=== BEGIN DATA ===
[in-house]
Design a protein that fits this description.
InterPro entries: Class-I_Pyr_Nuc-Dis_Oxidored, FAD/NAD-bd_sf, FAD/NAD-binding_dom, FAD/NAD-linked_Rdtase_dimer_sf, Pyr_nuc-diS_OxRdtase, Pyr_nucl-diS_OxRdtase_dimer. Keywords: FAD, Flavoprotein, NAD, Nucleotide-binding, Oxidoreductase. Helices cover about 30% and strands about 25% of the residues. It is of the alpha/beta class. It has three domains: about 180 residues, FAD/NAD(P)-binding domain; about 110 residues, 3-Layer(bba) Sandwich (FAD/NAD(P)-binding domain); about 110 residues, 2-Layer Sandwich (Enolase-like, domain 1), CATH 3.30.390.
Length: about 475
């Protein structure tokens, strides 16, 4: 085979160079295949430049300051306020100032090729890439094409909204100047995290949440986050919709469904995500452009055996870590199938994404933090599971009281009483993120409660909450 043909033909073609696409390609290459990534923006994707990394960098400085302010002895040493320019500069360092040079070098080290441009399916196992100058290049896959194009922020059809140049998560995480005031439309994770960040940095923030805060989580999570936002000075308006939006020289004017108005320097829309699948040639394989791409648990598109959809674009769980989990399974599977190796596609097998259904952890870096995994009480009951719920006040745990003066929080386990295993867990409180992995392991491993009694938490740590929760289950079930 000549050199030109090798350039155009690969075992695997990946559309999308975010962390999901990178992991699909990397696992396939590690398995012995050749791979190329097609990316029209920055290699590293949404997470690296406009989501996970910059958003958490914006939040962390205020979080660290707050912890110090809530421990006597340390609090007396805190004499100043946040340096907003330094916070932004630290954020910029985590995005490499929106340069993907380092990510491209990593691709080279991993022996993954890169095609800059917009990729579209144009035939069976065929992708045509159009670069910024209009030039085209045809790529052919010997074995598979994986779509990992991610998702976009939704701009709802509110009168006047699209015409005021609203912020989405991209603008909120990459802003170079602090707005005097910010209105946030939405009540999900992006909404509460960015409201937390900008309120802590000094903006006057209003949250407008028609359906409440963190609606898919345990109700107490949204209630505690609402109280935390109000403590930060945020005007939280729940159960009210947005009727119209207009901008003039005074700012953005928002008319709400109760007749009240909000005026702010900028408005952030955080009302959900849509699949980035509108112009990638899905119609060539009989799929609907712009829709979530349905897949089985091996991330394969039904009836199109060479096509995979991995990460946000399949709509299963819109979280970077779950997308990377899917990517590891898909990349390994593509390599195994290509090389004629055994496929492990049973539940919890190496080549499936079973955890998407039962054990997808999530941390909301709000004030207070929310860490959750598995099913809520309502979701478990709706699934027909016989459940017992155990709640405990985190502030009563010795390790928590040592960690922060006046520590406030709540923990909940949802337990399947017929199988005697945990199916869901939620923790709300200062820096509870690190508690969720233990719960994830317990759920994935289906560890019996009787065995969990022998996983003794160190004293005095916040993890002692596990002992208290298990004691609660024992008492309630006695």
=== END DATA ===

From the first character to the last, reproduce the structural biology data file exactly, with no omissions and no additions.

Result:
[in-house]
Design a protein that fits this description.
InterPro entries: Class-I_Pyr_Nuc-Dis_Oxidored, FAD/NAD-bd_sf, FAD/NAD-binding_dom, FAD/NAD-linked_Rdtase_dimer_sf, Pyr_nuc-diS_OxRdtase, Pyr_nucl-diS_OxRdtase_dimer. Keywords: FAD, Flavoprotein, NAD, Nucleotide-binding, Oxidoreductase. Helices cover about 30% and strands about 25% of the residues. It is of the alpha/beta class. It has three domains: about 180 residues, FAD/NAD(P)-binding domain; about 110 residues, 3-Layer(bba) Sandwich (FAD/NAD(P)-binding domain); about 110 residues, 2-Layer Sandwich (Enolase-like, domain 1), CATH 3.30.390.
Length: about 475
């Protein structure tokens, strides 16, 4: 085979160079295949430049300051306020100032090729890439094409909204100047995290949440986050919709469904995500452009055996870590199938994404933090599971009281009483993120409660909450 043909033909073609696409390609290459990534923006994707990394960098400085302010002895040493320019500069360092040079070098080290441009399916196992100058290049896959194009922020059809140049998560995480005031439309994770960040940095923030805060989580999570936002000075308006939006020289004017108005320097829309699948040639394989791409648990598109959809674009769980989990399974599977190796596609097998259904952890870096995994009480009951719920006040745990003066929080386990295993867990409180992995392991491993009694938490740590929760289950079930 000549050199030109090798350039155009690969075992695997990946559309999308975010962390999901990178992991699909990397696992396939590690398995012995050749791979190329097609990316029209920055290699590293949404997470690296406009989501996970910059958003958490914006939040962390205020979080660290707050912890110090809530421990006597340390609090007396805190004499100043946040340096907003330094916070932004630290954020910029985590995005490499929106340069993907380092990510491209990593691709080279991993022996993954890169095609800059917009990729579209144009035939069976065929992708045509159009670069910024209009030039085209045809790529052919010997074995598979994986779509990992991610998702976009939704701009709802509110009168006047699209015409005021609203912020989405991209603008909120990459802003170079602090707005005097910010209105946030939405009540999900992006909404509460960015409201937390900008309120802590000094903006006057209003949250407008028609359906409440963190609606898919345990109700107490949204209630505690609402109280935390109000403590930060945020005007939280729940159960009210947005009727119209207009901008003039005074700012953005928002008319709400109760007749009240909000005026702010900028408005952030955080009302959900849509699949980035509108112009990638899905119609060539009989799929609907712009829709979530349905897949089985091996991330394969039904009836199109060479096509995979991995990460946000399949709509299963819109979280970077779950997308990377899917990517590891898909990349390994593509390599195994290509090389004629055994496929492990049973539940919890190496080549499936079973955890998407039962054990997808999530941390909301709000004030207070929310860490959750598995099913809520309502979701478990709706699934027909016989459940017992155990709640405990985190502030009563010795390790928590040592960690922060006046520590406030709540923990909940949802337990399947017929199988005697945990199916869901939620923790709300200062820096509870690190508690969720233990719960994830317990759920994935289906560890019996009787065995969990022998996983003794160190004293005095916040993890002692596990002992208290298990004691609660024992008492309630006695």